5 ★ Audiobook⎮From start to finish, The Bird and the Sword was the perfect Fantasy novel. With poetic writing and strong character development, Harmon left me in awe. This novel had a strong sense of direction throughout. Instead of employing cheap tropes and other overused literary tactics to falsely enamor the reader, Harmon let her uniquely lyrical writing style carry the story.

To say that this audiobook was a joy to hear what would be a severe understatement. The Fantasy genre has a tendency to become unnecessarily complex. Authors frequently feel that they have to conduct purposeful world building, which can feel forced. Harmon’s world developed through her characters, not around them. They weren’t just in the world, but also of it. The Bird and the Sword was beautiful in its simplicity.

Lark, the protagonist, proved that heroines can be heroes and heroes can be weak. A story’s hero isn’t always the loudest voice in the room, the physically strongest, or “the chosen one”. Sometimes the hero of a story is someone who said the wrong thing at the wrong time and set the wheels of fate in motion.

Forgive me for waxing poetic, but The Bird and the Sword is quite possibly the most beautiful story I’ve heard all year. Lark will forever be one of my most beloved characters. This was one of the few times I can definitively say that I am 100% satisfied as a reader. Harmon tied everything up so neatly, eloquently connecting all loose strands, and the ending left me speechless.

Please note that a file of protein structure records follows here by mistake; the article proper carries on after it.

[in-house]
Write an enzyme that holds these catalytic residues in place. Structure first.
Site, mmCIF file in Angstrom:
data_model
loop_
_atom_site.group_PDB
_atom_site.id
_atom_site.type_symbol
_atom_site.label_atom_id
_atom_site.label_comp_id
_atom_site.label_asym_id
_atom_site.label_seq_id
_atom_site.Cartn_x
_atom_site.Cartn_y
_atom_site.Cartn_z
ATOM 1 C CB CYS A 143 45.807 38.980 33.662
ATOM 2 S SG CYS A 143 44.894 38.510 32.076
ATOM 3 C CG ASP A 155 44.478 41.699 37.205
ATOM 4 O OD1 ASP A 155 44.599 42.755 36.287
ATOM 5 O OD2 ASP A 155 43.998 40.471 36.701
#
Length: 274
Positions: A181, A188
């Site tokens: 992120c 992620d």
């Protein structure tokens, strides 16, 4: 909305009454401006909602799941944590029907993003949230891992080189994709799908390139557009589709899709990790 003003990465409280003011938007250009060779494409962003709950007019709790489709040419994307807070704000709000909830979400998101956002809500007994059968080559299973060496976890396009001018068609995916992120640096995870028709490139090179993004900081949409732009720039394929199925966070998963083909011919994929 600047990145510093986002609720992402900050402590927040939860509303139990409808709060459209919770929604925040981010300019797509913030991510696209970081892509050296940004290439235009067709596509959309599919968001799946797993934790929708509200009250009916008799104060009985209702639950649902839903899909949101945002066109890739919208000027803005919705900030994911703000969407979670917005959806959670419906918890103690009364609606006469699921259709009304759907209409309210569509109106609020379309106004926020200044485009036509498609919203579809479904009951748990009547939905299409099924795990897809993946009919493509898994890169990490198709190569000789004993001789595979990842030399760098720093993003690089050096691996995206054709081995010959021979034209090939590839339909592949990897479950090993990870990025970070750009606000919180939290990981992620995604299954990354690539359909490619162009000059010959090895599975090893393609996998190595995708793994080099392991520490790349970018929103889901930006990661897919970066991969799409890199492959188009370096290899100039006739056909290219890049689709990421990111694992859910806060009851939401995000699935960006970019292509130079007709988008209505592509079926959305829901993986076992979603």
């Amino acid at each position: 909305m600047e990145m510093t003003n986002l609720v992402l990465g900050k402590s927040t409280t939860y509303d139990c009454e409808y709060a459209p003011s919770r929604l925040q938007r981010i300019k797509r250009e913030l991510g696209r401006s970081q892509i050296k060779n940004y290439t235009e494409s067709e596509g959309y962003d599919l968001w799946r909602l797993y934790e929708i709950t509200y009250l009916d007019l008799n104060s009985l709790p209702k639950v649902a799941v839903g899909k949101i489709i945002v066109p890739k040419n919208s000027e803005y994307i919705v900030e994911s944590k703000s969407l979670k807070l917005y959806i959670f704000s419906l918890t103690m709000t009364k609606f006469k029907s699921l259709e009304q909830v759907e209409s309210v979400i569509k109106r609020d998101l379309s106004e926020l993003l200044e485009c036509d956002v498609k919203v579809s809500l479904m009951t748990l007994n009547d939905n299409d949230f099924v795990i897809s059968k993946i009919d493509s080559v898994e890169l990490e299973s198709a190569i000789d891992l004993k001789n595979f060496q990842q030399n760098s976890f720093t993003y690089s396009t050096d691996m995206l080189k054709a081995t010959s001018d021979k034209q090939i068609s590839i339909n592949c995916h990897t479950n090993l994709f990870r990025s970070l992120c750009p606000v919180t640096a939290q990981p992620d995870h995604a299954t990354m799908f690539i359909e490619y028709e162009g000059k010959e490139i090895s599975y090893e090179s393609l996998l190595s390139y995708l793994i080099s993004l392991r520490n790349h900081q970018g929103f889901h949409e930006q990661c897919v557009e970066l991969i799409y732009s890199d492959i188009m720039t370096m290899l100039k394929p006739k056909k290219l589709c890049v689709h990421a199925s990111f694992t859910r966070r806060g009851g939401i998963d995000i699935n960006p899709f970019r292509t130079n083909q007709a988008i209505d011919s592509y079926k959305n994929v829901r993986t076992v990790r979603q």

There is no question in my mind as to how or why The Bird and the Sword is so highly rated on Goodreads. Even from the very beginning, I knew I was listening to something magnificent. Unbelievably, that magnificence never wavered. If you’re in search of a breathtaking Fantasy, look no further than The Bird and the Sword.

Narration review: The Bird and the Sword partially owes Trina Nishimura for its powerful impact. Nishimura delivered a performance perfectly-suited for Amy Harmon’s work. Her narration elegantly complemented the musicality of Harmon’s writing. Furthermore, her voice had a hushed reverence throughout the entire audiobook which held my attention like a sacred prayer. Nishimura deserves much commendation for this performance. ♣︎